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Jaldapara Wildlife Sanctuary
Jaldapara : A Majestic Wildlife Experience
Established in 1941 for the protection of the Indian one-horned rhino, the Jaldapara Sanctuary covers 216 sq km, is a mosaic of woods, grasslands, perennial streams, sandy river banks and extensive belts of tall grass. It contains a great diversity of flora and fauna of mixed deciduous forest, grasslands and river banks. Jaldapara Wild Life Sanctuary, situated in Alipurduar Sub-Division of Jalpaiguri district in West Bengal, is home to a wide variety of wild life, particularly the Great Indian One Horned Rhinos. The river Torsha flows through this rain forest sanctuary which is mostly covered with tall grasses, the sanctuary encompasses a luxuriant vegetation and a rich variety of wildife. The Malangi River also flows nearby from east to west. Riding elephants is the only way to move inside this forest. The birds to be found here are the Crested bEagle, Pallas’s Fishing Eagle and shikra, besides Jungle fowl, peafowl, patridges, Bengal Florican and lesser Pied Hornbill. Python, monitor lizards, krates, cobras, geckos and about 8 species of fresh water turtles have also found. The wild life, in addition to the famous Great Indian One Horned rhinos, consists of Royal Bengal Tigers, wild elephants, deers, swamp deers, hog deers, wild pigs, bisons. Some rare species like the hispid hare and the hog-badger are also found here. Besides wildlife viewing, there is scope for unusual holiday activities like elephant riding and leisurely strolls through the towering grass.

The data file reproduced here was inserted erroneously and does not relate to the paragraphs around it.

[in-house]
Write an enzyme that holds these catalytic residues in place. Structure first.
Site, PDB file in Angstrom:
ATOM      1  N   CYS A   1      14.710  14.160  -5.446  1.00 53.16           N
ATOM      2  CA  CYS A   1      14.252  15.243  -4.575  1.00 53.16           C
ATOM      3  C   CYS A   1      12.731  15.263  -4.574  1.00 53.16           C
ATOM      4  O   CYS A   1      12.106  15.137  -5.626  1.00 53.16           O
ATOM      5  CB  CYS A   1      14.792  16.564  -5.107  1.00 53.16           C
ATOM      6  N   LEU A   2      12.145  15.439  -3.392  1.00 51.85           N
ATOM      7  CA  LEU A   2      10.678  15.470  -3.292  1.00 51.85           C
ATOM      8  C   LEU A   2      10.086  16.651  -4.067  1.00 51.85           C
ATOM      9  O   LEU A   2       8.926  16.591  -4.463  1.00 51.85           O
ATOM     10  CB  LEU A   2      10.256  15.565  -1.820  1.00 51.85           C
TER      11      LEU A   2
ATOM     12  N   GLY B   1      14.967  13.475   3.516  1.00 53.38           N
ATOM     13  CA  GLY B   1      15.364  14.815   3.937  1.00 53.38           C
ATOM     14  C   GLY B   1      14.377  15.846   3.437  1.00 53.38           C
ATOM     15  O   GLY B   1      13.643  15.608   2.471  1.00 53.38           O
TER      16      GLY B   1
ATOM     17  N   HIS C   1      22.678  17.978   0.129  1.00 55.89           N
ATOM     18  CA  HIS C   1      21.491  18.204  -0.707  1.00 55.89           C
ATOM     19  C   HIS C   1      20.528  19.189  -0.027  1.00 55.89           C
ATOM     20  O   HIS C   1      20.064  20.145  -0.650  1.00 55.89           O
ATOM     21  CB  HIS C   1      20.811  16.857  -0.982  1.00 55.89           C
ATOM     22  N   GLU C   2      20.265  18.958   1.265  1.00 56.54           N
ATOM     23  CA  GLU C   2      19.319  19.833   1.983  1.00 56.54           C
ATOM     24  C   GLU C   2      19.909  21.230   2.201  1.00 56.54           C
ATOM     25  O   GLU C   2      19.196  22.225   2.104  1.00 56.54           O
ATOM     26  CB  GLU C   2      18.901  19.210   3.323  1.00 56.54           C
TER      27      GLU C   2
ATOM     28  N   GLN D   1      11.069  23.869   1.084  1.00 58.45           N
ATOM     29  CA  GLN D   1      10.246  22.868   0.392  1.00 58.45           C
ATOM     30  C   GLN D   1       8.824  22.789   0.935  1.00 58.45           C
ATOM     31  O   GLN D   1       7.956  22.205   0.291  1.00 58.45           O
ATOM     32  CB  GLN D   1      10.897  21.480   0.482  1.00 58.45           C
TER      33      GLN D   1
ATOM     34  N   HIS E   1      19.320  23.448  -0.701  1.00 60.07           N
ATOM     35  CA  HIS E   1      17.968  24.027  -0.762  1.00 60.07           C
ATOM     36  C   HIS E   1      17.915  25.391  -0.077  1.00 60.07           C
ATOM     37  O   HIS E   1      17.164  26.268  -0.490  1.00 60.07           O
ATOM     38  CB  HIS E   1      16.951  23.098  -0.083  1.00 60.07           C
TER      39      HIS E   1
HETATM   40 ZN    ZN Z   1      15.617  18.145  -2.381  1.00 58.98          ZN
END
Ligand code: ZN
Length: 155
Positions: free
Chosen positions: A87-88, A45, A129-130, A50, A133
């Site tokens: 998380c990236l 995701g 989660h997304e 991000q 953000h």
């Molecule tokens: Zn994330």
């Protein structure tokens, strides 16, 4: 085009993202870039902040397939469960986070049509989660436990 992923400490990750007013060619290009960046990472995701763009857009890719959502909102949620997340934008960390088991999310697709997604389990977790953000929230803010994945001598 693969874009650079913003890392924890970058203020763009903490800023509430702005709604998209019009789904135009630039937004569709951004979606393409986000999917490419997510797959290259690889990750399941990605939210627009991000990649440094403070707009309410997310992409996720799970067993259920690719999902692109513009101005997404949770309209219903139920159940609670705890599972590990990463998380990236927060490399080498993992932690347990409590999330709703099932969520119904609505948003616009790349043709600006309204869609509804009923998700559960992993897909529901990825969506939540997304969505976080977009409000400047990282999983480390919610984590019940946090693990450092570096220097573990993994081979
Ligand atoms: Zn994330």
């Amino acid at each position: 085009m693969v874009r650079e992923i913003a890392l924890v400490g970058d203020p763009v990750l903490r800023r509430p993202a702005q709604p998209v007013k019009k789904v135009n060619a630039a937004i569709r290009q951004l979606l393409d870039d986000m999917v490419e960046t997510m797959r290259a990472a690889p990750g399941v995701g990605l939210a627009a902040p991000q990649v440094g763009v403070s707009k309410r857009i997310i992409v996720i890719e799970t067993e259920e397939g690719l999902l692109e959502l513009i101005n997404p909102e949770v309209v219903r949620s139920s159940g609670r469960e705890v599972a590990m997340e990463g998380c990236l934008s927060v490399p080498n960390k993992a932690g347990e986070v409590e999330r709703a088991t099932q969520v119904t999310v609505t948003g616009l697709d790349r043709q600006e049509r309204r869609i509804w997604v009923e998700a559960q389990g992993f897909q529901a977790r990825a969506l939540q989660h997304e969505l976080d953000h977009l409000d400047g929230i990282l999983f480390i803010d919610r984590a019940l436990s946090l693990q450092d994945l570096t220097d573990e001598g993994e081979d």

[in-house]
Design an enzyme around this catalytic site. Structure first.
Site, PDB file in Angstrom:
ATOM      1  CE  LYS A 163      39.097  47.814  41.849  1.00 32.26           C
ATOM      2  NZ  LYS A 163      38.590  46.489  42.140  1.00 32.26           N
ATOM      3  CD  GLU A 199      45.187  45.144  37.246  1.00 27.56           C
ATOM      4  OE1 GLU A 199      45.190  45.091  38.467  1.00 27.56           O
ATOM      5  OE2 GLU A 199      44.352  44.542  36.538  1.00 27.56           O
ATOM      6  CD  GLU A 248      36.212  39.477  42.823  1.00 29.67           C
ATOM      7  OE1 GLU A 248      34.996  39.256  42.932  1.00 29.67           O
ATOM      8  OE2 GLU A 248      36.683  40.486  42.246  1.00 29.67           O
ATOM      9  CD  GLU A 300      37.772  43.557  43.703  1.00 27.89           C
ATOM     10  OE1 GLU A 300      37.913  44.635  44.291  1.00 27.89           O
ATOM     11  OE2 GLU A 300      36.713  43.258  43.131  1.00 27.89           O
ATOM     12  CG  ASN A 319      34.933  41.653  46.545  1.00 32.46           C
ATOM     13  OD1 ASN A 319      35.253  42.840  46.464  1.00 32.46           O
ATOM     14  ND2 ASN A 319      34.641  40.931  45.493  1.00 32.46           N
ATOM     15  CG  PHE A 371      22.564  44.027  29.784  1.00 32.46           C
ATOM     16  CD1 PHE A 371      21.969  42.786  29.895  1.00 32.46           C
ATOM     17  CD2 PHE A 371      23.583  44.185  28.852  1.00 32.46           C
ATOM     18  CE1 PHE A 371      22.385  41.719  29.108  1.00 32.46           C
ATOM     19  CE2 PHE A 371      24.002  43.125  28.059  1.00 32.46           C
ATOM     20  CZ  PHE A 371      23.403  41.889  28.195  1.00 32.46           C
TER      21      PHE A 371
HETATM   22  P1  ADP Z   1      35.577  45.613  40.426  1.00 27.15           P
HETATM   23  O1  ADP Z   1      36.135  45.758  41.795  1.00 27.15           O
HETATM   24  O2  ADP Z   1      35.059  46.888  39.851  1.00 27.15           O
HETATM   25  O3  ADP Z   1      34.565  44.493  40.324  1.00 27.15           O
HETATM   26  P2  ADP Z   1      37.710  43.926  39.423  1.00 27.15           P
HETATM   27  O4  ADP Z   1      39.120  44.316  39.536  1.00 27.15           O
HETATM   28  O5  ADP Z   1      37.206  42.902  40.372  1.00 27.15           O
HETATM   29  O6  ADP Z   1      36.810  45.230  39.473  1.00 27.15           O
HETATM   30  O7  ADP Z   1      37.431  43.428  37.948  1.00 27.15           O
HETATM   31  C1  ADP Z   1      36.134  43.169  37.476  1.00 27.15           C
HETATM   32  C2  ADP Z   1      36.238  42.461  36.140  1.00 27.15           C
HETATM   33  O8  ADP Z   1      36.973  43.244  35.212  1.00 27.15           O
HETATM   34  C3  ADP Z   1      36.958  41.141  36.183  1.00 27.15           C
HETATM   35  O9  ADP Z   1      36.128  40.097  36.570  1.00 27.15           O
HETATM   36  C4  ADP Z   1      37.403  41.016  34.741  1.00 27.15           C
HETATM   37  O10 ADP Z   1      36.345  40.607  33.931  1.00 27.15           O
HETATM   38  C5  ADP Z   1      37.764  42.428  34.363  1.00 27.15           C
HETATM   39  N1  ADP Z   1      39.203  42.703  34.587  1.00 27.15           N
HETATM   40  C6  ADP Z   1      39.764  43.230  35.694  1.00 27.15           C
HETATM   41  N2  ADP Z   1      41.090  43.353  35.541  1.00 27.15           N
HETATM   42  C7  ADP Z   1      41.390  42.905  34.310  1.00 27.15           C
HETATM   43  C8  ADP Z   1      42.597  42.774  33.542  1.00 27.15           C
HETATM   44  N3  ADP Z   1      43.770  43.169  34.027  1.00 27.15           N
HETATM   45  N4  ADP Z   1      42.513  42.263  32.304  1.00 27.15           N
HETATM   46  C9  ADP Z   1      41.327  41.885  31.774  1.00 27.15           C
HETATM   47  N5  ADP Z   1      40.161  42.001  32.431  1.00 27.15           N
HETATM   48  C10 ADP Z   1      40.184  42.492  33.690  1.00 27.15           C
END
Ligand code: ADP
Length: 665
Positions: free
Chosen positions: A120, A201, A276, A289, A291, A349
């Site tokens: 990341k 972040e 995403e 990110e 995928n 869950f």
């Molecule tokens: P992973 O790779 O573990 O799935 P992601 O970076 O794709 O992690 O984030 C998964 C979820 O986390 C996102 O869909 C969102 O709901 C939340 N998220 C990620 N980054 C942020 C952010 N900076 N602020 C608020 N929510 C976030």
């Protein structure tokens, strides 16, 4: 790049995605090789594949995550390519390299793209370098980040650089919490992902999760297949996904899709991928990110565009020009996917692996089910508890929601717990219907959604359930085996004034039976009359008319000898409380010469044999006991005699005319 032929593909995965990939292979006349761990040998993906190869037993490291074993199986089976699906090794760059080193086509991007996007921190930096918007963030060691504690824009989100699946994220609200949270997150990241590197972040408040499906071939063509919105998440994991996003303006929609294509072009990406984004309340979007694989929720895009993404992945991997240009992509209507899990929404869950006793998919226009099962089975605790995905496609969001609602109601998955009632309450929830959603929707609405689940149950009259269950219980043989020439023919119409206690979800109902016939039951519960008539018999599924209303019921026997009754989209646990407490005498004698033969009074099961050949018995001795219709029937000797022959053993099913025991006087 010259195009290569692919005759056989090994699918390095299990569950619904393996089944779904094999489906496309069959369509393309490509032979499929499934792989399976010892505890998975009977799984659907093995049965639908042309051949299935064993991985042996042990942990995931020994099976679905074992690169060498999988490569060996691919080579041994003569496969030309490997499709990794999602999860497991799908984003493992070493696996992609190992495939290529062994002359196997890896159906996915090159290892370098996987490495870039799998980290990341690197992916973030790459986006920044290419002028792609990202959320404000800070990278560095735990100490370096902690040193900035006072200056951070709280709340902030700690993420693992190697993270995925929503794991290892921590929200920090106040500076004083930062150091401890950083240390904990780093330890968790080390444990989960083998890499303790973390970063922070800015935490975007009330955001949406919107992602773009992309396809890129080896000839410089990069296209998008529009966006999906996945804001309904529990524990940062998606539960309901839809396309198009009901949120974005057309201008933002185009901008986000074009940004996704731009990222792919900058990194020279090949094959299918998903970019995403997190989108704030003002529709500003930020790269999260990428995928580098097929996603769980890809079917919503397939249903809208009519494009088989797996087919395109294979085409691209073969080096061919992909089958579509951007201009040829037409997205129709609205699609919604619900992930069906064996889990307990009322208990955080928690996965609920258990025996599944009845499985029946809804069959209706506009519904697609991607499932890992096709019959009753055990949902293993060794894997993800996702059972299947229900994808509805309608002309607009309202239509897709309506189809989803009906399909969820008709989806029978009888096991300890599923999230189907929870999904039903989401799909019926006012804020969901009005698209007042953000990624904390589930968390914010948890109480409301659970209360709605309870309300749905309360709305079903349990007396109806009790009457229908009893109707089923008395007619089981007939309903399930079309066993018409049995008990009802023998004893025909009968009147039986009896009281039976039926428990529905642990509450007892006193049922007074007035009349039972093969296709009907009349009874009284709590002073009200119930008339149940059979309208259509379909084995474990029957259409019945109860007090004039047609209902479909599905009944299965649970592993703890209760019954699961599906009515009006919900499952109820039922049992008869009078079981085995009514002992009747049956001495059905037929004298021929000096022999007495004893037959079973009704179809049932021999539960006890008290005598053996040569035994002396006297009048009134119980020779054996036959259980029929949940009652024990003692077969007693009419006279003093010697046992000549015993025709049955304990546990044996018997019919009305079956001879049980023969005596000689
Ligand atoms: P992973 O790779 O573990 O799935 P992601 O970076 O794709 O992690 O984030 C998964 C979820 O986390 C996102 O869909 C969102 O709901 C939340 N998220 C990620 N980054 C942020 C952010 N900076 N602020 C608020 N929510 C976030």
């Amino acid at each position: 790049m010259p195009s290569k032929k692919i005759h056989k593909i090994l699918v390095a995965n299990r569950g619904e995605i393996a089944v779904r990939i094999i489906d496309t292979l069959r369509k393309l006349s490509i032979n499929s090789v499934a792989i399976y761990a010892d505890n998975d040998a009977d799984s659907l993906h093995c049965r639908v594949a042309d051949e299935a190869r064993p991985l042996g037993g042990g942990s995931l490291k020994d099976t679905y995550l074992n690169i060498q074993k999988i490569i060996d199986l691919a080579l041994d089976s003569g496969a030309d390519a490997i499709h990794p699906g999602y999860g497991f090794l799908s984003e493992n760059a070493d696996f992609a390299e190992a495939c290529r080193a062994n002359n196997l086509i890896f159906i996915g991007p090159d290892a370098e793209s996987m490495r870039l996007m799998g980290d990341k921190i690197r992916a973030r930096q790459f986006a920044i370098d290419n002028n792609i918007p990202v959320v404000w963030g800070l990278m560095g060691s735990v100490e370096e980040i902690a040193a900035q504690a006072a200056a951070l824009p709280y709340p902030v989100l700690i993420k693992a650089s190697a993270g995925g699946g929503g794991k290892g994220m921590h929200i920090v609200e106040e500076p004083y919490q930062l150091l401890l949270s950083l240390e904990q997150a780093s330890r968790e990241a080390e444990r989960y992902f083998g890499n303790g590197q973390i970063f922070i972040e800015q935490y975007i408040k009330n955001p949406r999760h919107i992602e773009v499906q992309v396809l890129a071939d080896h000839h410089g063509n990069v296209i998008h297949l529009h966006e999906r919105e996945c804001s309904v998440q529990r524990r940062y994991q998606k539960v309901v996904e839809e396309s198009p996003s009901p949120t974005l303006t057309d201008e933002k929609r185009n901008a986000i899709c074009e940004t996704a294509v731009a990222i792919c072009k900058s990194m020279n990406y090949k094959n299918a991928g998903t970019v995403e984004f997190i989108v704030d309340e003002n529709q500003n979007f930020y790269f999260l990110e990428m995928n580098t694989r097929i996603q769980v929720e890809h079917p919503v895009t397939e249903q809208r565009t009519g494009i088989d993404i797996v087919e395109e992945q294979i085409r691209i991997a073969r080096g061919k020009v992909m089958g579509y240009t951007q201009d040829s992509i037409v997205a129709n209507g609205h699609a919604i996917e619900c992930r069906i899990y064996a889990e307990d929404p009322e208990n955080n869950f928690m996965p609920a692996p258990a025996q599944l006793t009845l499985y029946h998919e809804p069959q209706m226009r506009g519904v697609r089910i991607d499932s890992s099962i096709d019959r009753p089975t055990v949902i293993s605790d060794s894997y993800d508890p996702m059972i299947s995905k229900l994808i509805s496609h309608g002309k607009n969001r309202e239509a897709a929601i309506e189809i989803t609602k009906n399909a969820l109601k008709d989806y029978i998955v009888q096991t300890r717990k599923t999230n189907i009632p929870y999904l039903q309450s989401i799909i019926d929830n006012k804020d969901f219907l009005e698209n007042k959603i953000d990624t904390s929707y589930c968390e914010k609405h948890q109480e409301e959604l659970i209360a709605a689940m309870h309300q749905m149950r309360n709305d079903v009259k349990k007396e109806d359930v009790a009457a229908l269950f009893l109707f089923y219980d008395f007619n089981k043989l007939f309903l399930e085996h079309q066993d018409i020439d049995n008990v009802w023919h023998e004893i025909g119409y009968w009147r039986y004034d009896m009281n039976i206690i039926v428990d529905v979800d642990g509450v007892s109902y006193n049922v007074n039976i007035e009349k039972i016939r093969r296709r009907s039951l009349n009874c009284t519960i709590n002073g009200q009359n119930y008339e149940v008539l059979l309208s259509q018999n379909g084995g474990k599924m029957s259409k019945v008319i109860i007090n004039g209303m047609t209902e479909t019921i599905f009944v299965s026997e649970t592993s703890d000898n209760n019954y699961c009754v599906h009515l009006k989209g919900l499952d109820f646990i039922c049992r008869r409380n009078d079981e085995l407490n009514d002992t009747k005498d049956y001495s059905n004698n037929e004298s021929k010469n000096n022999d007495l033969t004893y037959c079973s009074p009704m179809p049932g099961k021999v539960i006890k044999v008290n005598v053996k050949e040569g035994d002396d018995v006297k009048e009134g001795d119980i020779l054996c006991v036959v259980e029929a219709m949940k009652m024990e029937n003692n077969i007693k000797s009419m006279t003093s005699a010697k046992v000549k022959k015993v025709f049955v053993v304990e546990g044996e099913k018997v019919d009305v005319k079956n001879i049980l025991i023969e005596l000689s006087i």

Anthropological & Cultural Heritage

This is the land where the primitive “Toto” tribe holds its last stand – refusing to be swamped by the main stream of civilisation. Toto have their home in “Totopara ” – a village that lies to the north of the sanctuary. Their customs and culture have been the subject matter of great anthropological interest. This remote village has a small population of 950 . Bania ruins , the remains of an old fort and a big lake in Bania block, speak of the existence of an ancient settlement and culture. Locals believe that “Nala Raja” of the Epic lived here and the fort is called the “Nala Rajar Garh”.
Besides, local excursions may be arranged to visit tea gardens to see the manufacturing of tea in the nearby tea gardens by prior arrangement with the authority.

General Information

● Total Area 216.51 sq km.
● Forest Division Coochbehar (Total Forest Area = 294.09
● Civil District Jalpaiguri
● Sub-Division Alipurduar
● Nearest Town Madarihat (Nearest Bus Stop)
● Nearest Road National Highway 31 (Siliguri- Hasimara)
● Nearest Railway Station - Falakata Broad gauge (22 km.)
● Madarihat Meter gauge (9 km.)
● Sanctuary Headquarters Coochbehar
● Main Rivers Torsa, Malangi, Hollong, Buribasra, Sissamara, Sukta, Gorumara
● Altitude 61 metres (200 ft.)
● Latitude 25° 58″ and 27° 45″ North
● Longitude 89°08″ and 89°55″ East
● Temperature November to February – 10°C to 21°C
● March to April – 24°C to 27°C
● May to October – 27°C to 37°C
● Average Rainfall 382 cm.
● Best Season Oct. to May, Particularly March & April, when new grass is growing
● Off Season 15th June to 15th Sept. (Sanctuary Closed)
● Languages spoken Bengali, Hindi, Nepali, English.
One Horned Rhino

Lying at the foot of the Bhutan hills (Eastern Himalayas), the Jaldapara Wildlife Sanctuary with its panoramic view, covering an area of 216 sq. km., has special significance by maintaining remnants of terai grasslands harbouring endangered Great Indian One Horned Rhinoceros (Rhinoceros unicornis). In the last few decades duars grassland and chaurs, which were abode of several animals, has decreased due to increase in cultivation area, expansion of Tea Estates and human habitation. As a result, wild buffalo, Gharial, Swamp partridge, Swamp deer (Barasingha) and Pink-headed Duck have became extinct in this region.
Drained by rivers Torsa, Malangi, Hollong, Chirakhawa, Kalijhora, Sissamara, Bhaluka and Budhi Torsa, the Sanctuary provides extensive grasslands to the wild animals, becoming